6 Potential Pitfalls for Servicers in Credit Reporting

This article by Bonnie Sinnock features input from Sagent’s Chief of Staff Matt Tully. The article originally appeared here in National Mortgage News.

The temporary guidance around credit reporting in the pandemic era is proving tricky to navigate in the transition back to more normal distressed-servicing operations. The CARES Act, which was written quickly to respond to the pandemic and didn’t address all practical considerations, generally called upon servicers to not report loans with an accommodation for pandemic-related hardships in such a way that harmed borrower credit reports. That’s currently in effect until 120 days after the end of the presidentially declared national emergency.

As large groups of borrowers leave forbearance, servicers have to determine when and how to get back to recording delinquencies more routinely again. That’s easier said than done, especially given the compliance sensitivities with regulators like the Consumer Financial Protection Bureau. Consumer complaint numbers the bureau ranks by category show “credit reporting is one of the highest,” Marissa Yaker, managing attorney, regulatory affairs, at the Padgett Law Group, noted during a discussion at the Mortgage Bankers Association’s servicing conference last month.

The number rose notably last fall, at the same time that payment suspensions began to expire in earnest, CFPB records show. Complaints about credit reporting rose from just under 24,000 to 37,114 between October and January, before falling slightly to 36,640 in the past month. While the CFPB has focused primarily on difficulties getting credit bureaus to fix mistakes, there are implications for mortgage companies, too, given that the bureau has separately warned multiple times that it’ll be watching their post-forbearance compliance closely. The number of mortgage complaints, while lower than those involving credit reports, followed a similar upward trajectory after October. Complaints about home loans rose from 1,868 in November to 2,213 before stabilizing. Servicers also should note that while debt collection complaints initially fell last fall, they rose more recently, increasing to 5,418 from 4,947 between December and February.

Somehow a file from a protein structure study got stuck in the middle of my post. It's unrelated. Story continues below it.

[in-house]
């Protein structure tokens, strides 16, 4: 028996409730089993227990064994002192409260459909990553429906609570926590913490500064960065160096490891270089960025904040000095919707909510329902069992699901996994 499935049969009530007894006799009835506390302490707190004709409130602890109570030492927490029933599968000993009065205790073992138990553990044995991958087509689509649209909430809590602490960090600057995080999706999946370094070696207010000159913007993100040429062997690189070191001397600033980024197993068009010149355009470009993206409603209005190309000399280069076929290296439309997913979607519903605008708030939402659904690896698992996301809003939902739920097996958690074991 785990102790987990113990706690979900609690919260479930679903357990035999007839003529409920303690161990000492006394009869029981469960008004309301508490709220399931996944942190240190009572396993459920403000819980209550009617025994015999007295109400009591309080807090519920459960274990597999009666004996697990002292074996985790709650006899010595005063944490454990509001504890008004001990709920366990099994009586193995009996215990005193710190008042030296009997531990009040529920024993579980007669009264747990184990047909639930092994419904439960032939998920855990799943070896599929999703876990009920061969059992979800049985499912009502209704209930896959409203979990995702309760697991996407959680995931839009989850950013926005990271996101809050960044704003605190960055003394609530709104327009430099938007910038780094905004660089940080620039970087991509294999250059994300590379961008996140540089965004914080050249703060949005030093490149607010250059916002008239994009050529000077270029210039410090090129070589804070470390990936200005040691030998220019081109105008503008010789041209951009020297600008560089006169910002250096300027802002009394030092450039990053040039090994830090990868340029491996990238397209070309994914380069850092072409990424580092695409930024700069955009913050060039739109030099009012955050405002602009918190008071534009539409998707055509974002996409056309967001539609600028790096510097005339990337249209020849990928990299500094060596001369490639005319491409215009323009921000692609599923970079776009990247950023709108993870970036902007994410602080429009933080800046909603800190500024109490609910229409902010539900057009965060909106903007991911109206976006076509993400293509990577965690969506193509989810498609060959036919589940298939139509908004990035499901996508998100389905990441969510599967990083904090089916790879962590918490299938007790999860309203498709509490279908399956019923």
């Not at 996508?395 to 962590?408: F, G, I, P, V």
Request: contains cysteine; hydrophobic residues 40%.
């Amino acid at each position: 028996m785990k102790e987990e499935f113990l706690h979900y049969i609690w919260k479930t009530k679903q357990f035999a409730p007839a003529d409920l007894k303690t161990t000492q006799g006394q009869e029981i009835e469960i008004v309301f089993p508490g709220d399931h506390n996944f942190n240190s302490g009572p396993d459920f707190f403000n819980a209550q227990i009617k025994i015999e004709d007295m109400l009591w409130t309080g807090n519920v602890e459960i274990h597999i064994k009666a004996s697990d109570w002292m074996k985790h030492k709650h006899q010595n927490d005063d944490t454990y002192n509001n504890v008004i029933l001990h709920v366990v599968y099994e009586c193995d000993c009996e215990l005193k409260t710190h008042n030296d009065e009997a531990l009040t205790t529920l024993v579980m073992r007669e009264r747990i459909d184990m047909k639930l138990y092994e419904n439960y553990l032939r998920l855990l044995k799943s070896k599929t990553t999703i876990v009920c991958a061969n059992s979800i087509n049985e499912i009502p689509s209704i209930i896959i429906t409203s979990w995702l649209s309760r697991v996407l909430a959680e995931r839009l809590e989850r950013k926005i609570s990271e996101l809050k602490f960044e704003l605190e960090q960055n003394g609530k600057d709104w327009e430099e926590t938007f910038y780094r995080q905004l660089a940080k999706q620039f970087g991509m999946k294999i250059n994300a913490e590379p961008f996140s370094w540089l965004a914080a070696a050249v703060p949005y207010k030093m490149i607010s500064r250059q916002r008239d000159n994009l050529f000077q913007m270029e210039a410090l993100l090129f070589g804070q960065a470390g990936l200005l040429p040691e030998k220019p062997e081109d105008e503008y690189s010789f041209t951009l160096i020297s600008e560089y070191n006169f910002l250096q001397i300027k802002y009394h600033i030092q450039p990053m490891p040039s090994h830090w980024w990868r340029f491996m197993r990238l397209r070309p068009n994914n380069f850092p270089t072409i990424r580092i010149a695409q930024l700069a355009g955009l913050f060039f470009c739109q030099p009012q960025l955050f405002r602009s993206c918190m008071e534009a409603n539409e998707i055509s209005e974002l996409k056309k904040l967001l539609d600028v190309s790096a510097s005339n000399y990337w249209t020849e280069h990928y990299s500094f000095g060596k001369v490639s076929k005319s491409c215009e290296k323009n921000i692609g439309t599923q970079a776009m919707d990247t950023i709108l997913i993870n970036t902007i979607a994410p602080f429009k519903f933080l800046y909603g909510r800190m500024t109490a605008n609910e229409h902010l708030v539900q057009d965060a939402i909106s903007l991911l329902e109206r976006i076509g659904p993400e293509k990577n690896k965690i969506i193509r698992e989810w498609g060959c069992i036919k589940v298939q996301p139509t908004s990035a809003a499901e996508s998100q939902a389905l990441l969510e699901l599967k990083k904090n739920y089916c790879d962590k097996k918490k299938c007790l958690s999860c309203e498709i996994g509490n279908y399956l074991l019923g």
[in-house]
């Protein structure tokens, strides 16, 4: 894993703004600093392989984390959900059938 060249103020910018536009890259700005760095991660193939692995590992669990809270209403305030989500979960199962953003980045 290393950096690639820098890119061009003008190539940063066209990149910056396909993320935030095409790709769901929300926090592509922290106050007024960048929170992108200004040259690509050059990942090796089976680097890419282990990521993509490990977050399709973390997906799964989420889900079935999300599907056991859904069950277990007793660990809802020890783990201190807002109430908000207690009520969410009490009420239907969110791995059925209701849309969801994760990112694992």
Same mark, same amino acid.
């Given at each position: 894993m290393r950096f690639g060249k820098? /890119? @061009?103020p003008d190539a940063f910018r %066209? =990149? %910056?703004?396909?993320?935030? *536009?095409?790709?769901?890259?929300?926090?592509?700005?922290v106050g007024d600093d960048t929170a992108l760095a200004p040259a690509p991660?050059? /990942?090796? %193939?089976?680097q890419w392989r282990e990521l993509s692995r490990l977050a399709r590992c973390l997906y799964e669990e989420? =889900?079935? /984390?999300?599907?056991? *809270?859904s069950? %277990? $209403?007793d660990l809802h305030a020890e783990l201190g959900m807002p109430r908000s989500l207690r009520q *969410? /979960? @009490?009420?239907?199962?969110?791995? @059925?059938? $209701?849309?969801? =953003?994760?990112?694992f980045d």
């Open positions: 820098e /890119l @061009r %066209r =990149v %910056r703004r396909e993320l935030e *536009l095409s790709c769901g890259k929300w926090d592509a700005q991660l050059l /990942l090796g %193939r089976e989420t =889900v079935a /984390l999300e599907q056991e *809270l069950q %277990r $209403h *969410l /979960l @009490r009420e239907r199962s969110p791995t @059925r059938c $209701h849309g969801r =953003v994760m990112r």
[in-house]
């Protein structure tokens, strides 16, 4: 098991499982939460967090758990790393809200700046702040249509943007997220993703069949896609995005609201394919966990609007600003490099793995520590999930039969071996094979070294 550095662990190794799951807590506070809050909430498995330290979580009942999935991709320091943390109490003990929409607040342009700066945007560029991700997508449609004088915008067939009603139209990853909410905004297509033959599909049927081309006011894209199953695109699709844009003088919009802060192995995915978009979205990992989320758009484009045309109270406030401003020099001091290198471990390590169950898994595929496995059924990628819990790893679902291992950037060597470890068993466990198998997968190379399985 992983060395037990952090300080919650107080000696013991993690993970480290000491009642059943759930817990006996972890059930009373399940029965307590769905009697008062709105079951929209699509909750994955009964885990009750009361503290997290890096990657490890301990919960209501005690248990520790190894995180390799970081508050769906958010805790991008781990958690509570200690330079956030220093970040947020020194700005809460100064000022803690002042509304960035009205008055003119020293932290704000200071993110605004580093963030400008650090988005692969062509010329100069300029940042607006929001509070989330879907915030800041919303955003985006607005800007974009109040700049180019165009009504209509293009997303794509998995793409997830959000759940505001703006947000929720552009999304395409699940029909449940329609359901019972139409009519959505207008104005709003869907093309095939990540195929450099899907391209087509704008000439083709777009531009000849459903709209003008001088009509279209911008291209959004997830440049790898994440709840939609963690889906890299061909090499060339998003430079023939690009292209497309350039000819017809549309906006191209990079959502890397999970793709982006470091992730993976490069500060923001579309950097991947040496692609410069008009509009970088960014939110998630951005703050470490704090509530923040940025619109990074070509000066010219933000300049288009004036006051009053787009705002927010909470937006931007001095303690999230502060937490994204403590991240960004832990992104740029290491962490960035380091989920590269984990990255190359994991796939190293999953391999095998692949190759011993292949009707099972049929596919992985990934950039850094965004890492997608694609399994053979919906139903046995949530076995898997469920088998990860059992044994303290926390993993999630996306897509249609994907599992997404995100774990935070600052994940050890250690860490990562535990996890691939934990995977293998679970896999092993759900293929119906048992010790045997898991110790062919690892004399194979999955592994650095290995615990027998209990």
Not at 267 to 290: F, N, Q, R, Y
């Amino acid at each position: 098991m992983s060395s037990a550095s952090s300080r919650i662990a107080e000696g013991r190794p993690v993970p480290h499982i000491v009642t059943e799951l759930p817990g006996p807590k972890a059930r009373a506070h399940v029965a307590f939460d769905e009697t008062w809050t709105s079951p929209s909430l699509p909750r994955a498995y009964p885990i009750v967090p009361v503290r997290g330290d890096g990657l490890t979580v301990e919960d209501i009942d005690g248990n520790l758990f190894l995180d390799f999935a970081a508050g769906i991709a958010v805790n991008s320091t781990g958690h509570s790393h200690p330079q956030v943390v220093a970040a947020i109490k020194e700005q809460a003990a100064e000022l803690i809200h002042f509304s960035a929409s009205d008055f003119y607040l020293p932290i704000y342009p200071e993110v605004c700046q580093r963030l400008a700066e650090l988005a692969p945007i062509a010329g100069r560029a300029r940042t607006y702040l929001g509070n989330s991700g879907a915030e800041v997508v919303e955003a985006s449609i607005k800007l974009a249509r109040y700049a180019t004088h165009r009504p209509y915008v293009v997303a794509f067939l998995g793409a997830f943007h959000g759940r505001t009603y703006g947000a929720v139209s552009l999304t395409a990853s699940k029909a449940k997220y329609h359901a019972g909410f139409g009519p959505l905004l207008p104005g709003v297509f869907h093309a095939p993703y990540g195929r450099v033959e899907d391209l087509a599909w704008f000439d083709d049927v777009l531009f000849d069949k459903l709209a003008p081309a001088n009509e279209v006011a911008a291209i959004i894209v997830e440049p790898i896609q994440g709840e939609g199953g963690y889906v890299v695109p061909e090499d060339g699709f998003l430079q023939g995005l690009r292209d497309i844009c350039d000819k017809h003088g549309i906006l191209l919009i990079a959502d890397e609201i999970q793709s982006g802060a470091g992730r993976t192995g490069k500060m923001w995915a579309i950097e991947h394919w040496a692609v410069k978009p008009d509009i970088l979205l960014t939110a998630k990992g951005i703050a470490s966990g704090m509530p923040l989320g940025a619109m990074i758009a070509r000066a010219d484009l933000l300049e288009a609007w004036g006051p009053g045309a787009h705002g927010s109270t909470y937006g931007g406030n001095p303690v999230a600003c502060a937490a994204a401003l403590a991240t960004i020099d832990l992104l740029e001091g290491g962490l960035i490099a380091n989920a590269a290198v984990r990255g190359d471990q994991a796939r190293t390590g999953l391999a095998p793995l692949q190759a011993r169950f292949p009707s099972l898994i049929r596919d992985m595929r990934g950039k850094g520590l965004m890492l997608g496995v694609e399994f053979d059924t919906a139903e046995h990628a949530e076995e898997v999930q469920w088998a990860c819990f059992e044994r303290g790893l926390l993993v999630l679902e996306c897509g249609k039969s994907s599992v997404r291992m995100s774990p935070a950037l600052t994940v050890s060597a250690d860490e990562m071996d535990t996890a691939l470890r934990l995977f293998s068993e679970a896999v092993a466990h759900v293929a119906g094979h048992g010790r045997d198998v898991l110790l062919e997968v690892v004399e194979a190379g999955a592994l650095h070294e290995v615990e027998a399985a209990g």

Given the scrutiny that CARES Act-related credit reporting is likely to receive, housing finance companies may want to be particularly careful when it comes to the following six areas.

1. Changing guidance and non-regulatory standards to avoid pitfalls

The shifting conditions of mortgage servicing can be evidenced in the Consumer Financial Protection Bureau’s changing information resources about them. The CFPB originally had answers to 10 frequently asked questions about pandemic-related credit reporting, but deleted four of them as no longer relevant, and issued a new FAQ with six answers last month, according to Yaker.

The Consumer Data Industry Association, a credit bureau trade group, has some standards for reference, but servicers should keep in mind that it’s not a regulatory body, said John Ulzheimer, a professional courtroom witness who previously worked in the credit reporting industry.

He has worked for plaintiffs, defendants, business and consumer clients.“Ultimately the furnisher is liable for what they report, so they have to make their best decision and they can’t just blame it on the CDIA…you have to be able to defend it,” Ulzheimer said.

2. The broad definition of accommodations

Pandemic-related accommodations aren’t limited to forbearance. Workouts like modifications and partial payments are specifically considered examples of accommodations, according to the CFPB’s revised FAQ.

In fact, an accommodation can be “assistance or relief that is granted voluntarily or pursuant to a statutory or regulatory requirement.” That could encompass a wide range of programs, including those set up by the states to allocate money from the Homeowner Assistance Fund.

“Even the most minor flexibility could be viewed as an accommodation…during the covered period,” Ulzheimer said.

3. Inadvertently hurting credit with a comment code